It’s one of those “unintended consequences” of a government program started with the best of intentions — help the poorest of the poor families in our society get adequate treatment for their severely disabled child.
Yes, I’m talking about Supplemental Security Income (SSI) and The Boston Globe ran an in-depth investigative piece yesterday about some of those consequences, including rampant diagnosing of very young children and the over-prescribing of medication for them. “Many cash-strapped parents have come to believe that if only they can muster the necessary array of medical records, their children have a good shot at this benefit, even if it means carrying the stigma of the word “disabled.’’”
A program that was supposed to help only a small minority of children — those with serious health or mental health disabilities — is now serving 53 percent of the 1.2 million children who qualify for SSI benefits, according to the article.
The number one “disabled” diagnosis? Attention deficit hyperactivity disorder, or ADHD.
Now, don’t get me wrong. This is a good program that indeed does serve the needs of many poor families with severely disabled children. But because of losing a legal case in 1990, the program now has expanded to include things that aren’t automatically “disabilities” in any traditional definition of the term.
Indeed, one of the most disturbing parts of the program seems to be the mandate by federal government officials who administer the program that in order for a child to be considered seriously disabled (at least in the government’s eyes), they need to be on psychiatric medications — whether the parents wants them to be or not:
To qualify, a child had to be disabled. And if the disability was mental or behavioral — something like ADHD — the child pretty much had to be taking psychotropic drugs.
Fielding never liked the sound of that. She had long believed too many children take such medications, and she avoided them, even as clinicians were putting names to her boys’ troubles: oppositional defiant disorder, depression, ADHD. But then, as bills mounted, friends nudged her about SSI: “Go try.’’
Eventually she did, putting in applications for her two older sons. Neither was on medications; both were rejected. Then last year, school officials persuaded her to let her 10-year-old try a drug for his impulsiveness. Within weeks, his SSI application was approved.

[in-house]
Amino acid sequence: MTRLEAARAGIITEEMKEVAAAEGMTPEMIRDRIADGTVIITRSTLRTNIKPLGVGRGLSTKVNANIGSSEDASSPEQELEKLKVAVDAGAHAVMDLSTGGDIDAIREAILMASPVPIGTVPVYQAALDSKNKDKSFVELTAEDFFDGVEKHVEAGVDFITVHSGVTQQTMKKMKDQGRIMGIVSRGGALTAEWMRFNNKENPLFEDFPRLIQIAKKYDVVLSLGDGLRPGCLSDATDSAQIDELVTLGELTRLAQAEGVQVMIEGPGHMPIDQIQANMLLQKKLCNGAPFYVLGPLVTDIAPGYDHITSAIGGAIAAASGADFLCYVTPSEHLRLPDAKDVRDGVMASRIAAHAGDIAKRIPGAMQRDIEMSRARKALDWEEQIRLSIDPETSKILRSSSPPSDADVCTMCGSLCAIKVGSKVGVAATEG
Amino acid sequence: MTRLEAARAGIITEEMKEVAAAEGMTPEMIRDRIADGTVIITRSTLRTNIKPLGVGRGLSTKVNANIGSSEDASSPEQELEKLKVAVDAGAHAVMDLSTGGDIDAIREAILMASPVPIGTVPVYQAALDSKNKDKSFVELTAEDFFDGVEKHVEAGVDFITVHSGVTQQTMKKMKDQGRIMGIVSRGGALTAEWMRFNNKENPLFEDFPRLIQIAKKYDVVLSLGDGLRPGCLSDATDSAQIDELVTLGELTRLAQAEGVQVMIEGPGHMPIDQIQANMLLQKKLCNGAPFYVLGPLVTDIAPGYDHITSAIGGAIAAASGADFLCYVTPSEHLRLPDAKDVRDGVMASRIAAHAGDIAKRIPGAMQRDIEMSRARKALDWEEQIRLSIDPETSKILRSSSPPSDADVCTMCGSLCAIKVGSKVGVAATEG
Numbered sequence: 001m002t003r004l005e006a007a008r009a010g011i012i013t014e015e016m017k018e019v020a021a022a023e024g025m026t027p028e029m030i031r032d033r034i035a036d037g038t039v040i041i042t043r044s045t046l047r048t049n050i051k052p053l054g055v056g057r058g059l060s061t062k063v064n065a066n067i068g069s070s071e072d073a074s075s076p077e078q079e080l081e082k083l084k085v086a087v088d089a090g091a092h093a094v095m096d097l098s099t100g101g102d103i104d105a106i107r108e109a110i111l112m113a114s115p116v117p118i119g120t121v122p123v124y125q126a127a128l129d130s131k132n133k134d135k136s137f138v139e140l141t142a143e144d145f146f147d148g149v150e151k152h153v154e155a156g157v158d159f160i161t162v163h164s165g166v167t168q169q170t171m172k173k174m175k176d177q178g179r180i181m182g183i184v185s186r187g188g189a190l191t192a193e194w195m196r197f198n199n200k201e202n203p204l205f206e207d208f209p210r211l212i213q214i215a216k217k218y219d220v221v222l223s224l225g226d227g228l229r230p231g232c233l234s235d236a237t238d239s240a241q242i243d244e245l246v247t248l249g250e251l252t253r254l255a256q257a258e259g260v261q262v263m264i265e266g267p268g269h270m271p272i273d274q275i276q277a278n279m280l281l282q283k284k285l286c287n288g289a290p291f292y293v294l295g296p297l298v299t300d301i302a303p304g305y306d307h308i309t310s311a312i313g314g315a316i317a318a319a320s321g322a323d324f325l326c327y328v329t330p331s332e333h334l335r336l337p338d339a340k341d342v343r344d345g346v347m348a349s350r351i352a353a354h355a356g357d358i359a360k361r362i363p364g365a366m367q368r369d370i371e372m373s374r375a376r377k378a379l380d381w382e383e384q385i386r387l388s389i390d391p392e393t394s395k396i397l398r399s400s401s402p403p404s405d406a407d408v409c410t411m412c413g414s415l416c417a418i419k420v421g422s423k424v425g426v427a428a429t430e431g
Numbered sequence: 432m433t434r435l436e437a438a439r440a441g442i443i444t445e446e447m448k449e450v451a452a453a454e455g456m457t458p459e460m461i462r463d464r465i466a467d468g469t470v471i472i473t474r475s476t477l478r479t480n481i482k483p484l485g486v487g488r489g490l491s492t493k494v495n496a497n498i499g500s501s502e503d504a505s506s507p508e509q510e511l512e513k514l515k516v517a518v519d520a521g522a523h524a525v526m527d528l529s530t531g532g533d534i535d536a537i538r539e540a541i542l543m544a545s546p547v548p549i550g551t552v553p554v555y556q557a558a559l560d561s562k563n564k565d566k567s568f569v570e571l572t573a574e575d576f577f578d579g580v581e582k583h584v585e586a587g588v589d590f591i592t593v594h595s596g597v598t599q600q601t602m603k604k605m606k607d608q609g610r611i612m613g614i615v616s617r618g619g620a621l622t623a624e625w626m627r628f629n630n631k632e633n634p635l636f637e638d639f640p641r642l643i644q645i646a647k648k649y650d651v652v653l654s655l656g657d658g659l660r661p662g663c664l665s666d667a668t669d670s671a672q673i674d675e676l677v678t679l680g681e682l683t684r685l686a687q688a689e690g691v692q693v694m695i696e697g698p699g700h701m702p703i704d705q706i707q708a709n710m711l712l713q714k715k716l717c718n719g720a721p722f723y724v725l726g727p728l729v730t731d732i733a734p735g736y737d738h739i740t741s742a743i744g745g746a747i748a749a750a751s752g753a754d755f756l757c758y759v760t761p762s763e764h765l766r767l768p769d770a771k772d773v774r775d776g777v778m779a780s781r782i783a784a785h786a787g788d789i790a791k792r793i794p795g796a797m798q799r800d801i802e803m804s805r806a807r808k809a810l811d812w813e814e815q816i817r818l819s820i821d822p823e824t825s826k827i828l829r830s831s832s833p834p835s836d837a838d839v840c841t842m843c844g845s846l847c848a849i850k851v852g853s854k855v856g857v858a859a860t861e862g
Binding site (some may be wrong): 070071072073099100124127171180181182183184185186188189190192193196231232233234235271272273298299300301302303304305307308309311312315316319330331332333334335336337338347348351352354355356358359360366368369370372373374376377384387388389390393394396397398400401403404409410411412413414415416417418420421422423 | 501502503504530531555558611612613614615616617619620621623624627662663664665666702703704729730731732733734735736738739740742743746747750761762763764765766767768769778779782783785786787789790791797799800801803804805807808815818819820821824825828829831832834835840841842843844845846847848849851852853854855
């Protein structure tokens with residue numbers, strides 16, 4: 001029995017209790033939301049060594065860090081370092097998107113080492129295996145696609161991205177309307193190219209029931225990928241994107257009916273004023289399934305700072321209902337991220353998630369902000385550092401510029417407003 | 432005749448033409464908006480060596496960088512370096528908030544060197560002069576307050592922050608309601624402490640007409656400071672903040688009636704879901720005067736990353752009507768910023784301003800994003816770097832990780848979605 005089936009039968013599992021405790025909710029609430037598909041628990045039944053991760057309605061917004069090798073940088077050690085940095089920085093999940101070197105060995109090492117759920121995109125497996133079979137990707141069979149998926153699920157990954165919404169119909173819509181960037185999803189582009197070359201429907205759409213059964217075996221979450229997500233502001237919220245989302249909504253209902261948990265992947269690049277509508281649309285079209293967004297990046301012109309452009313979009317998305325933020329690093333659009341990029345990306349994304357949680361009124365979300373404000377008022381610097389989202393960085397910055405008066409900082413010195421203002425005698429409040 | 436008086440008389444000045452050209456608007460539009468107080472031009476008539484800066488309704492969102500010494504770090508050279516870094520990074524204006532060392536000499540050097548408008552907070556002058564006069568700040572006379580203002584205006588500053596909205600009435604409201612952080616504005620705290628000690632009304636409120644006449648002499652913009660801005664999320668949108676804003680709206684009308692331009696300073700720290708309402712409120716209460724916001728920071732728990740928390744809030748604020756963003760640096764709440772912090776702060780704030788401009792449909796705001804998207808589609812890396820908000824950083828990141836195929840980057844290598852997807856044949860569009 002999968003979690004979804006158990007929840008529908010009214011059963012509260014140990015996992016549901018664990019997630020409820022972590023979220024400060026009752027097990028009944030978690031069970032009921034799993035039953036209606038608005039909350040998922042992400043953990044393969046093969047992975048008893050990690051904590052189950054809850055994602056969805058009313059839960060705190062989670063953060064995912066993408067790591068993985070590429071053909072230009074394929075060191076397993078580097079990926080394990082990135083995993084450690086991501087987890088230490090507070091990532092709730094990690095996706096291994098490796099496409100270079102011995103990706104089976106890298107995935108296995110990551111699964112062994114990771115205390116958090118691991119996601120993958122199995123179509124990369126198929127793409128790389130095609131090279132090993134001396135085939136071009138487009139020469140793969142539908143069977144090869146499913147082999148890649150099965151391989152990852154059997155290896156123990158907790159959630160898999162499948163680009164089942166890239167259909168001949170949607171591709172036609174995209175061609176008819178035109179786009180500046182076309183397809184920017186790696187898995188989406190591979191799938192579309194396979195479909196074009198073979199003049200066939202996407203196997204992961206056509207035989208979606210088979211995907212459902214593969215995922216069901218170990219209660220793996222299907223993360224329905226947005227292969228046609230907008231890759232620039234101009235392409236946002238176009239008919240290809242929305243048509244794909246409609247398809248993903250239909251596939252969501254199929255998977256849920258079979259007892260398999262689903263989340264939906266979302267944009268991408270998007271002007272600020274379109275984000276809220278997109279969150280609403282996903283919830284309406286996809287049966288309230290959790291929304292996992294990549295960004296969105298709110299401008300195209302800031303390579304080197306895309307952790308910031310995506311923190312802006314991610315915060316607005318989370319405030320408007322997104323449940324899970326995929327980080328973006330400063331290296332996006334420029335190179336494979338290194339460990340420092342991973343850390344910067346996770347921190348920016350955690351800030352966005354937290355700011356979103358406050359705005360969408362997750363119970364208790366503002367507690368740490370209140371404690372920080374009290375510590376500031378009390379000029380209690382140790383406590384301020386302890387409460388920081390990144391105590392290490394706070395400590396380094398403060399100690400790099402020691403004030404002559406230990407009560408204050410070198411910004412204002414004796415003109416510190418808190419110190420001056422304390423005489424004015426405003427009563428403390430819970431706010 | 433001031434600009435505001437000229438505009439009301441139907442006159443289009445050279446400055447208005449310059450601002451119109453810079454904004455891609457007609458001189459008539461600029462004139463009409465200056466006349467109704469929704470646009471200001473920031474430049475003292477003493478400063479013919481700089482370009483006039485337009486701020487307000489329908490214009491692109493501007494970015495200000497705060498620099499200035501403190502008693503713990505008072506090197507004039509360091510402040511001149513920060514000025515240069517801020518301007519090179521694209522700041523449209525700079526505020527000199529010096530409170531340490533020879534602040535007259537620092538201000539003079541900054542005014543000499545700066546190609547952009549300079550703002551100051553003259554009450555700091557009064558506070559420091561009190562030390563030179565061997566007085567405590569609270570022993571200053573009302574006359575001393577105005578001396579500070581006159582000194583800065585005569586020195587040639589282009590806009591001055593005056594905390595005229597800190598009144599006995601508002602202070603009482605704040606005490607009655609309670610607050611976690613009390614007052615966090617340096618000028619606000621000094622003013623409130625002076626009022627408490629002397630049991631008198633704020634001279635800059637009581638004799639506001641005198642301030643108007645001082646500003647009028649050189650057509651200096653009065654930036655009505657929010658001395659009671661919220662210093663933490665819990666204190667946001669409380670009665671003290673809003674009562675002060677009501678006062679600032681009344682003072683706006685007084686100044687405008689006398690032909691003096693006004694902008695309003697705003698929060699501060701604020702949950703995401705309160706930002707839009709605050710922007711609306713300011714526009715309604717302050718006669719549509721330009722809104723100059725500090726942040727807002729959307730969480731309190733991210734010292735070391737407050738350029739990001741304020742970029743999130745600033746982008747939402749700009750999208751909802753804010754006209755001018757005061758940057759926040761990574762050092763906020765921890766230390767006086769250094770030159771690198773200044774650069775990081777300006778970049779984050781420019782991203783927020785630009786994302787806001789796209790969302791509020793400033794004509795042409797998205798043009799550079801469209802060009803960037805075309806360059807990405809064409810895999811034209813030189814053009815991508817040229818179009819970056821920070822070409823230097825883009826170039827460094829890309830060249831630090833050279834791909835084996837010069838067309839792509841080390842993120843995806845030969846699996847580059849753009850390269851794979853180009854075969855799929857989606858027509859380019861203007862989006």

Why do poor parents do it? Sometimes it comes down to basic economics — you get more money from the government if your children are labeled as being “disabled.”
For many, the motivation to apply comes down to economics: SSI payments can be a lifeline in a bad economy, and they beat welfare checks in almost every way. For a Massachusetts parent with two children, welfare pays a maximum of about $600 a month. If one of those two children is approved for the SSI program, the total government benefit can be twice as much.
Of course, the reality is that most children who have attention deficit disorder aren’t anywhere close to the classic definition of “disabled.” And even serious mental disorders can be treated just as readily with psychotherapy and behavioral treatments as they can with psychiatric medications. But that won’t get the SSI office to open up their pocketbooks. So parents are caught in an unintended reward situation where if they agree to medicate their child, they find they suddenly qualify for more money from the government.
Perhaps this might explain the discrepancy in diagnosis of children with attention deficit disorder — those who are poorer (on Medicaid) have a larger percentage of ADHD diagnoses:
A 2008 study found, for example, that 12 percent of children on Medicaid were diagnosed with ADHD, compared with 8 percent of children on private insurance. Other national studies using Medicaid data have found that poorer children with behavioral and mental diagnoses are also medicated with ADHD drugs and antipsychotic medications at higher rates.
All of this is both eye-opening and a bit disturbing. The article goes into some detail explaining why the program has ballooned like it has to cover virtually any poor child who qualifies for SSI benefits, once they agree to be medicated. It’s worth the read.
Read the full article: With SSI program, a legacy of unintended side effects
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Last reviewed: By John M. Grohol, Psy.D. on 13 Dec 2010
Published on PsychCentral.com. All rights reserved.
Grohol, J. (2010). SSI Encourages Families to Label Healthy Children with ADHD as Disabled. Psych Central. Retrieved on March 7, 2014, from http://psychcentral.com/blog/archives/2010/12/13/ssi-encourages-families-to-label-healthy-children-with-adhd-as-disabled/